Every week on the Pipeline Podcast, we pick out a question or two sent in for Inbox consideration and answer it in the pod.
For this week's Inbox, Jim Callis and I dug deep into the mailbag and answered several of your questions. Be sure to listen to the entirety of this week’s pod, because we covered some fun stuff, like prospects we’ve whiffed on over the years, but you can also read below a synopsis of how we answered your questions this week.
We’d love to keep the extended mailbag segment going for future podcasts. So keep an eye out for whenever Jim (@JimCallisMLB) or I (@JonathanMayo) tweet out a call for questions!
Why did Ryan Weathers fall off the Top 100 after his playoff performance?
Ryan Weathers has plus command, 2 plus secondaries, and has a velo jump from 90-92 to 94-96.
How does this man not make the Top 100?
We’re still continuing to get questions about the Top 100, so be sure to tune in to the MLB Network Top 10 show on Saturday, Feb. 13 at 6 p.m. ET! As for Weathers, he didn’t miss by much. It’s not official, but a strong argument could be made that he’d be our No. 101 guy, as his name certainly came up a lot in our conversations.
That said, we do want to provide a word of caution about the two questions. The first is tying Top 100 status to Weathers’ playoff experience. It was one outing, an inning and a third, so we’re certainly not going to base any ranking on just that. If we were, we’d have to give him 30 control, right, since he walked two for a 13.5 BB/9 rate? You get the point.
As for the other breakdown of his gains stuff-wise, he definitely took a step forward in 2020 during his time at the Padres’ alternate site. But that also was a smaller sample size and not in real competition. I think we’d like to see Weathers do it over the course of a real season before we completely buy in, but I expect him to pitch his way onto the list quickly in 2021.
Which player that did not make the Top 100 do you believe is poised for a huge break out season. My bet is on Jordyn Adams of the Angels.
Adams is a great choice. And we have a "just missed” choice for each team on the site currently. On the podcast, I went with Pirates shortstop prospect Liover Peguero. The Pirates got him from the D-backs in last year’s Starling Marte trade after a 2019 United States debut that saw him hit .326/.382/.485 with 11 steals across two levels of rookie ball. He performed very well against much older and more advanced competition at Pittsburgh’s alternate site in 2020.
Jim’s choice was Michael Busch of the Dodgers, who was one of the best college bats in the 2019 Draft class. He has a very intriguing combination of hitting ability, power and plate discipline that should get him to the big leagues quickly. He’s become a better athlete and has a chance to stick at second base, which could be a really good fit.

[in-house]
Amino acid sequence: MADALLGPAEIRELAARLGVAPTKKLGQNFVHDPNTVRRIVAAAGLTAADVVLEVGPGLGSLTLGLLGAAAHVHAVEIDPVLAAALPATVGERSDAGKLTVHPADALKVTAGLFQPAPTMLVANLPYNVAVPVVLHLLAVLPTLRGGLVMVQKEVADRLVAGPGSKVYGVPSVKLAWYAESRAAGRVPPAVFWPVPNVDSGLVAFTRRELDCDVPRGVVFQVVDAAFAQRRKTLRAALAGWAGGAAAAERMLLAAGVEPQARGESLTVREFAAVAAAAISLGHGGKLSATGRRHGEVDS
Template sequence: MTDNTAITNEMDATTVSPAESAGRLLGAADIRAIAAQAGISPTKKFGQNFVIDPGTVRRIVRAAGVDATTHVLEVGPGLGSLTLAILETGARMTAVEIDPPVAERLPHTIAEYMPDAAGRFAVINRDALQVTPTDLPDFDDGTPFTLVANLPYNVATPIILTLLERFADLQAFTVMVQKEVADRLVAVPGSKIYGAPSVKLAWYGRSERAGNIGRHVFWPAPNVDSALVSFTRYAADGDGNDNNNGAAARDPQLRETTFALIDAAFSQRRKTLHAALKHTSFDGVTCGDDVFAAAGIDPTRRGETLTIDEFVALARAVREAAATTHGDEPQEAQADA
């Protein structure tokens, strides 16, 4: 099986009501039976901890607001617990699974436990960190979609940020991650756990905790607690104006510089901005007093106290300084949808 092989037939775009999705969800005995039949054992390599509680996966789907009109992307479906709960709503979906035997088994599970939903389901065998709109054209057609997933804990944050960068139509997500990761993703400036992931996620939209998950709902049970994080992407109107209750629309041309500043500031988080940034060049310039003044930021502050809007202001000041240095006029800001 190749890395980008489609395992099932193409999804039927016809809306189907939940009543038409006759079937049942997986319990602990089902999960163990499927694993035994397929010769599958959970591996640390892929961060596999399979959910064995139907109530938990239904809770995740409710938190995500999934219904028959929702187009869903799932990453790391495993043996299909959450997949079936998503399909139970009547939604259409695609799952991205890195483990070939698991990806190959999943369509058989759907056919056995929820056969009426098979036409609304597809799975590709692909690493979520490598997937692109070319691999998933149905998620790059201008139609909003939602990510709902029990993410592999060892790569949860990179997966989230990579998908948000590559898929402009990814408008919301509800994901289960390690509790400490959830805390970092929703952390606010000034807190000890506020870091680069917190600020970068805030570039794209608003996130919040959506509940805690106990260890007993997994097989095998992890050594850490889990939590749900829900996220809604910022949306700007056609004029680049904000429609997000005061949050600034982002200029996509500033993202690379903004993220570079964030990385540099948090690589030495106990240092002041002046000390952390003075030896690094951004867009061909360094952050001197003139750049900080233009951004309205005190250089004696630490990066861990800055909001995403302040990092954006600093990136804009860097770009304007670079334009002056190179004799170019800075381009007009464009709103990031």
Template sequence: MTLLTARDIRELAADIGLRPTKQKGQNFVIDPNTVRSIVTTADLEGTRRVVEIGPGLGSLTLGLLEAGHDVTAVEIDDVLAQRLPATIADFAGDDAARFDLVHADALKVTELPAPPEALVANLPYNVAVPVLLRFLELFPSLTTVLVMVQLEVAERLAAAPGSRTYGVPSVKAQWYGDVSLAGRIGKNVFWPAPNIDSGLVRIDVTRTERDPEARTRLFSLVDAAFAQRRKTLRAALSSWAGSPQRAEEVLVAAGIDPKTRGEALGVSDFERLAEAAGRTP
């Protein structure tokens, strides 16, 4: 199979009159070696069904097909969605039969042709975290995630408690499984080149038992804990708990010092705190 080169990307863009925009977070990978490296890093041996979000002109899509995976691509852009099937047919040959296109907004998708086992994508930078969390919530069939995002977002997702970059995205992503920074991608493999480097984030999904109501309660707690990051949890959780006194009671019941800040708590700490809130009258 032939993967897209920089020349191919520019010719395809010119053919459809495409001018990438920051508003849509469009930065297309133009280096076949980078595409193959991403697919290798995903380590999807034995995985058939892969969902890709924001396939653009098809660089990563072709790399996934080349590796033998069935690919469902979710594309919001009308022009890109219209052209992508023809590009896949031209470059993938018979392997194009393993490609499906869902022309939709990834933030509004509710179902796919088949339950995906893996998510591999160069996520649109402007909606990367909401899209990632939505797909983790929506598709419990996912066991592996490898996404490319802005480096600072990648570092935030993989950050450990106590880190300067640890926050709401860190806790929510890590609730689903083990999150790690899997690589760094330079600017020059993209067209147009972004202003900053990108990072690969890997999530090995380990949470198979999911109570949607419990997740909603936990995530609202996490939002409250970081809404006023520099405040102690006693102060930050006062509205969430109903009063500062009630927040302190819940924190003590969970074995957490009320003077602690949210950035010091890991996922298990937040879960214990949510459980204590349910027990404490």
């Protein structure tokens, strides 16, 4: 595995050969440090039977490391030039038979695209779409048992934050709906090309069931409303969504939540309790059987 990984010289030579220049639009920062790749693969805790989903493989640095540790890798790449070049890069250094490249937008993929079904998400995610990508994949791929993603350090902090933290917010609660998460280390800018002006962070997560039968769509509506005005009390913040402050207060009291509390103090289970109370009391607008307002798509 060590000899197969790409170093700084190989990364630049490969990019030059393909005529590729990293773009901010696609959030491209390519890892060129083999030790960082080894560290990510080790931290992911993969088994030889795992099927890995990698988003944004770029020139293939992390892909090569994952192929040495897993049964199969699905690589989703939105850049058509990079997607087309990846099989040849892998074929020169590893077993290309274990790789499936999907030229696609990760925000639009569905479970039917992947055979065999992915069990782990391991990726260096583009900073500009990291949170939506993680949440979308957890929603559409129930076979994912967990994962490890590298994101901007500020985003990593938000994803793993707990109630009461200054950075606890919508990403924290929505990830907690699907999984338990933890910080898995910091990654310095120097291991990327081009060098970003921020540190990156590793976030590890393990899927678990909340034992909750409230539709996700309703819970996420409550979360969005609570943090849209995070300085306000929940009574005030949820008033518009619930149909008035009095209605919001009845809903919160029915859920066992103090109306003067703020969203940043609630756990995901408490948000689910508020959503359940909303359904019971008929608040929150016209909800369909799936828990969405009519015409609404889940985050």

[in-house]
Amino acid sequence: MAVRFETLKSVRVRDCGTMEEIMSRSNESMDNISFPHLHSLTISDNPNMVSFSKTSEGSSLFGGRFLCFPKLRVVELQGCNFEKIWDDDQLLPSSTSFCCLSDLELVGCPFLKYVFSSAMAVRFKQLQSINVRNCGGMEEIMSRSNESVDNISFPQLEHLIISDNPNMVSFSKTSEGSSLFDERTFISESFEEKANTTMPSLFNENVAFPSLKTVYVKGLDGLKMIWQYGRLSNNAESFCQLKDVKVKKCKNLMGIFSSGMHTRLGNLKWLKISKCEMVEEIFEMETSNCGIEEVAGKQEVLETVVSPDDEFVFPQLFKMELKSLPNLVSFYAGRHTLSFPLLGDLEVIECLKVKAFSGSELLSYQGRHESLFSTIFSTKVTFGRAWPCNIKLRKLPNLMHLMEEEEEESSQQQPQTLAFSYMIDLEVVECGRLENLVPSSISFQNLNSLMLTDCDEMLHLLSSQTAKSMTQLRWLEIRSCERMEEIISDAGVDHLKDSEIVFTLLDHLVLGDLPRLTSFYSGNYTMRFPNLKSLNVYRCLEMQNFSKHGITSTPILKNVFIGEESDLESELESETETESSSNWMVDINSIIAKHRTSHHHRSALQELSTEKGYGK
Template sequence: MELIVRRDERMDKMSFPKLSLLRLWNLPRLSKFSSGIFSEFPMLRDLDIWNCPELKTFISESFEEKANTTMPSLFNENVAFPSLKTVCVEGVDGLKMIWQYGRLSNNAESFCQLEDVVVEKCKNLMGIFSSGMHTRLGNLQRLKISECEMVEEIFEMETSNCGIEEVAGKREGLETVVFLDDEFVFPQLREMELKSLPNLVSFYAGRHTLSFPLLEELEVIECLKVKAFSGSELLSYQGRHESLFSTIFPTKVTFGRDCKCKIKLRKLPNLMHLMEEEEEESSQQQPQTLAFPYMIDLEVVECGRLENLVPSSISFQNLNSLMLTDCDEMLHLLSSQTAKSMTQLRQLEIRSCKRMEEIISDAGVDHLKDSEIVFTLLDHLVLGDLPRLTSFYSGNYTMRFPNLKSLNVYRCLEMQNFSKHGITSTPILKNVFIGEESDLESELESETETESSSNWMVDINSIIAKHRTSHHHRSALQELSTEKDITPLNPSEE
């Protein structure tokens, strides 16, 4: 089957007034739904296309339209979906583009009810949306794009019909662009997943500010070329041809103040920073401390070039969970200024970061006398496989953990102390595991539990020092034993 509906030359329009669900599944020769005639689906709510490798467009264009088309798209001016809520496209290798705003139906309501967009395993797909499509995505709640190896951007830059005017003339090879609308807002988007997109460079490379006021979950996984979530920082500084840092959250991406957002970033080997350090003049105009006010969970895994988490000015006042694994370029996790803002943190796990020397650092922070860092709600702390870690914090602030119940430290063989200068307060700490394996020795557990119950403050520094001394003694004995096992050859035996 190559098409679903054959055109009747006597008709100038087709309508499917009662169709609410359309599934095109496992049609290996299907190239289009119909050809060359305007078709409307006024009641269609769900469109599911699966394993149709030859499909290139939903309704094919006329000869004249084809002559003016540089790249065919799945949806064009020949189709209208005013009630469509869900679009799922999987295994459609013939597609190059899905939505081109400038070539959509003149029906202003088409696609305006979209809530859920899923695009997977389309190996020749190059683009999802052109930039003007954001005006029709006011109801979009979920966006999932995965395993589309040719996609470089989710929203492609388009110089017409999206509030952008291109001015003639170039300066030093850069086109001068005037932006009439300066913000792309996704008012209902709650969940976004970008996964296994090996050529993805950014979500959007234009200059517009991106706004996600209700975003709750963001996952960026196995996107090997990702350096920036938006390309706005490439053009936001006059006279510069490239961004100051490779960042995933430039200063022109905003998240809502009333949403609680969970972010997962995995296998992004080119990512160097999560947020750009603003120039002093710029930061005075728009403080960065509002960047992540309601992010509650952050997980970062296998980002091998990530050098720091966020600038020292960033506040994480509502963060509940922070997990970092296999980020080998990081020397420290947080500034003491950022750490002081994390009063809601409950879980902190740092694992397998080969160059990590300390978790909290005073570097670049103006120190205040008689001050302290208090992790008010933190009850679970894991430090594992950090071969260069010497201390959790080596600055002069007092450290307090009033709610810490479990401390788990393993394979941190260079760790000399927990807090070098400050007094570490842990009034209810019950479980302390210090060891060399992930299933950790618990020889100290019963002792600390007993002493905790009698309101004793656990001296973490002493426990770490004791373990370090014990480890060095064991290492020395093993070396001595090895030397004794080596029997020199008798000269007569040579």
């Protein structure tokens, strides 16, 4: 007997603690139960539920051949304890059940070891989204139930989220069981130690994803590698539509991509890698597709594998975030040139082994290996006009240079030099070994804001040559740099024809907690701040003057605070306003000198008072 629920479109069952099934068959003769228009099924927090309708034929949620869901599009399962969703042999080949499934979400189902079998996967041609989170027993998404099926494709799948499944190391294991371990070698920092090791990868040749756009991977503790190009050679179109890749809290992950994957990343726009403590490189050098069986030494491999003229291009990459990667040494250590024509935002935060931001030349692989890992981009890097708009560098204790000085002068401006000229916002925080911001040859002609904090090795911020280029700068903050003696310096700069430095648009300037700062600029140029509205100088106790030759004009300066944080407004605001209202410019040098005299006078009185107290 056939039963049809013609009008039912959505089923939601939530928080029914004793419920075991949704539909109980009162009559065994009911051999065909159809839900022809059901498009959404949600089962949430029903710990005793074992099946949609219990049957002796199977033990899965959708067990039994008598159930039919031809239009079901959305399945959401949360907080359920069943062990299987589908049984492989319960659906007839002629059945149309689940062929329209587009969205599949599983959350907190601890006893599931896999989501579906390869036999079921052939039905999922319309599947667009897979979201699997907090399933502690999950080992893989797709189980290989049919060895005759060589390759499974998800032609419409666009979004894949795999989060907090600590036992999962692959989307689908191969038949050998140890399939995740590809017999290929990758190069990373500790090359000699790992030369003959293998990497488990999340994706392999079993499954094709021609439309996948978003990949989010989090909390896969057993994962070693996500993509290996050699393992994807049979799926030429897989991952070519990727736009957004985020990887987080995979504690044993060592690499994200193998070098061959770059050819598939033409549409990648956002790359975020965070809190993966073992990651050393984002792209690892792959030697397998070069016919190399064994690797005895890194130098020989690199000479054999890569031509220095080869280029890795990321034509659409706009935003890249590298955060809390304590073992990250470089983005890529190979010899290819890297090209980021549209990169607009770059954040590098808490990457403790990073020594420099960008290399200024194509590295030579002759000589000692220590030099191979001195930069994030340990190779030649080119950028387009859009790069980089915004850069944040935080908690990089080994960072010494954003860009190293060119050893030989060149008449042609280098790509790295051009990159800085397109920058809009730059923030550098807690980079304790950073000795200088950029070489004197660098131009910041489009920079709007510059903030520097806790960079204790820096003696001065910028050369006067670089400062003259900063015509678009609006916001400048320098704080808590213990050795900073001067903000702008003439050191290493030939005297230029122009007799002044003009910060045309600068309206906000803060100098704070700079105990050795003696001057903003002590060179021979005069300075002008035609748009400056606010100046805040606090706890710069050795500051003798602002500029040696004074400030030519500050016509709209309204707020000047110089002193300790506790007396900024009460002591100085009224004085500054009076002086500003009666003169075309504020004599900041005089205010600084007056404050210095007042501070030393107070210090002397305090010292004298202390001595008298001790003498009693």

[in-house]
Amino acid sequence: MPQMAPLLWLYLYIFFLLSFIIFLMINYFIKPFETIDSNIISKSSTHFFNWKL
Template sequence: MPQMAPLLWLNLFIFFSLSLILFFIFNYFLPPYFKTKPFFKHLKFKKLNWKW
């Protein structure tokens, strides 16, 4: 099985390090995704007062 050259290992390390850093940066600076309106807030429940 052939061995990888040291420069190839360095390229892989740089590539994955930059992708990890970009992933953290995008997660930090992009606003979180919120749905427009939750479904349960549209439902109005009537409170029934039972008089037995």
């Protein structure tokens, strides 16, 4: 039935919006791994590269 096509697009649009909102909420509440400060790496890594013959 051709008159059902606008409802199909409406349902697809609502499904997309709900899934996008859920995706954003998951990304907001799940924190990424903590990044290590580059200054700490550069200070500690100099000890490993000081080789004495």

Who are some guys in make or break years? And your projections of how their careers end up. I’m thinking guys like Desmond Lindsay, Austin Beck, Kody Clemens.
There are so many ways we could go with this question, and don’t be surprised if we eventually break this out into one of our “one for each team” features. Both Jim and I decided to do a Top 100 version of an answer.
I went with Oneil Cruz, who comes in at No. 64 on our new Top 100. The Pirates 6-foot-7 shortstop still has as much raw power as perhaps anyone in the Minors and has tremendous offensive upside while somehow not having played his way off of shortstop yet (we think a corner outfield spot is likely his eventual home). But even though he had a solid 2018 season, made it to Double-A in 2019 (despite an injury) and is only 22, there are some question marks. He was lost, and looked disinterested, in the Arizona Fall League in 2019, and his focus and work ethic will have to improve for him to reach his ceiling.
Jim’s choice was Forrest Whitley, who is No. 41 on the list. Both Jim and I have seen Whitley completely dominate in the Arizona Fall League, twice. We’ve never actually seen him bad. But injuries and a drug-related suspension kept him off the mound quite a bit and he struggled with command as well. The Astros ran through just about every viable pitching prospect during the 2020 season, but Whitley surprisingly wasn’t one of them, partially because of some elbow soreness. He still has frontline starter stuff and he’s only 23, so there’s time, but he needs to get up to the big leagues and show he can do it there.
The recent recipients of the first 80-grade hit tools ever are both in the last 5 years. Would you say this is due to coincidentally generational talents, or over time has scouting become more accurate/confident?
Nick, of course, is talking about current No. 1 prospect Wander Franco and former No. 1 prospect Vladimir Guerrero Jr. I think we ended up with a little bit of a both/and answer here. We agree that this is a case of generational talents, at least in terms of showing of skills with the bat at a very young age. Time will tell if it’s more than just these two players and if there’s a trend for young hitters to be this advanced a bit more regularly.
At the same time, I do think there is a bit more of an appetite to hand out top-of-the-scale grades than there used to be. I think you’d find some scouts who will never give out an 80 grade, especially not on a hit tool, or that’s only reserved for the best player in the game. Ever. It’s like a teacher who’ll never give anyone 100 percent on a test or paper. Now, it’s not like 80s are going to be handed out willy-nilly, but I think there’s more of a willingness.
In retrospect, maybe Mike Trout should have gotten one (though his strikeout rate would make one pause). Juan Soto is another that comes to mind, though he zoomed through the Minors so fast. A .295 average isn’t an 80 in the big leagues, but he’s crazy young and could get there. Nick Madrigal, from a contact standpoint, might be an 80, but the concern about lack of impact held us back.